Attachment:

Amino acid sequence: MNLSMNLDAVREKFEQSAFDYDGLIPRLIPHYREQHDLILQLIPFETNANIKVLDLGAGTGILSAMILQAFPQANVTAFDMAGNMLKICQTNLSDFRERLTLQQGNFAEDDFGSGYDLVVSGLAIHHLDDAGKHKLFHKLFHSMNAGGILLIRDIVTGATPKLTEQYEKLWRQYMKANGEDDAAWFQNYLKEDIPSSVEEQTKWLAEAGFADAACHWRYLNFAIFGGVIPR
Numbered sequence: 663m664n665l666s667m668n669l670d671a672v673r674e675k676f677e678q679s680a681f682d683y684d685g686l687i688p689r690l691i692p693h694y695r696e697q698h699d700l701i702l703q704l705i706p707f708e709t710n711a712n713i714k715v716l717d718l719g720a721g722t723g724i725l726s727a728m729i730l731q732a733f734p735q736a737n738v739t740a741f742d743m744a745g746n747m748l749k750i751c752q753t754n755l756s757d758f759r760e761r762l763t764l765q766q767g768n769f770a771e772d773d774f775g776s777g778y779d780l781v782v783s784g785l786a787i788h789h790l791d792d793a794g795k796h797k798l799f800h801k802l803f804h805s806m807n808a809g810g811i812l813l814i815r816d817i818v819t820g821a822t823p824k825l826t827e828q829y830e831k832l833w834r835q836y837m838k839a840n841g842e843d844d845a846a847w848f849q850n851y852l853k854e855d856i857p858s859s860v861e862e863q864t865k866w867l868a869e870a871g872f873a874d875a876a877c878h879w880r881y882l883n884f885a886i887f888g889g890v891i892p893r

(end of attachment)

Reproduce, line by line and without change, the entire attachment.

Amino acid sequence: MNLSMNLDAVREKFEQSAFDYDGLIPRLIPHYREQHDLILQLIPFETNANIKVLDLGAGTGILSAMILQAFPQANVTAFDMAGNMLKICQTNLSDFRERLTLQQGNFAEDDFGSGYDLVVSGLAIHHLDDAGKHKLFHKLFHSMNAGGILLIRDIVTGATPKLTEQYEKLWRQYMKANGEDDAAWFQNYLKEDIPSSVEEQTKWLAEAGFADAACHWRYLNFAIFGGVIPR
Numbered sequence: 663m664n665l666s667m668n669l670d671a672v673r674e675k676f677e678q679s680a681f682d683y684d685g686l687i688p689r690l691i692p693h694y695r696e697q698h699d700l701i702l703q704l705i706p707f708e709t710n711a712n713i714k715v716l717d718l719g720a721g722t723g724i725l726s727a728m729i730l731q732a733f734p735q736a737n738v739t740a741f742d743m744a745g746n747m748l749k750i751c752q753t754n755l756s757d758f759r760e761r762l763t764l765q766q767g768n769f770a771e772d773d774f775g776s777g778y779d780l781v782v783s784g785l786a787i788h789h790l791d792d793a794g795k796h797k798l799f800h801k802l803f804h805s806m807n808a809g810g811i812l813l814i815r816d817i818v819t820g821a822t823p824k825l826t827e828q829y830e831k832l833w834r835q836y837m838k839a840n841g842e843d844d845a846a847w848f849q850n851y852l853k854e855d856i857p858s859s860v861e862e863q864t865k866w867l868a869e870a871g872f873a874d875a876a877c878h879w880r881y882l883n884f885a886i887f888g889g890v891i892p893r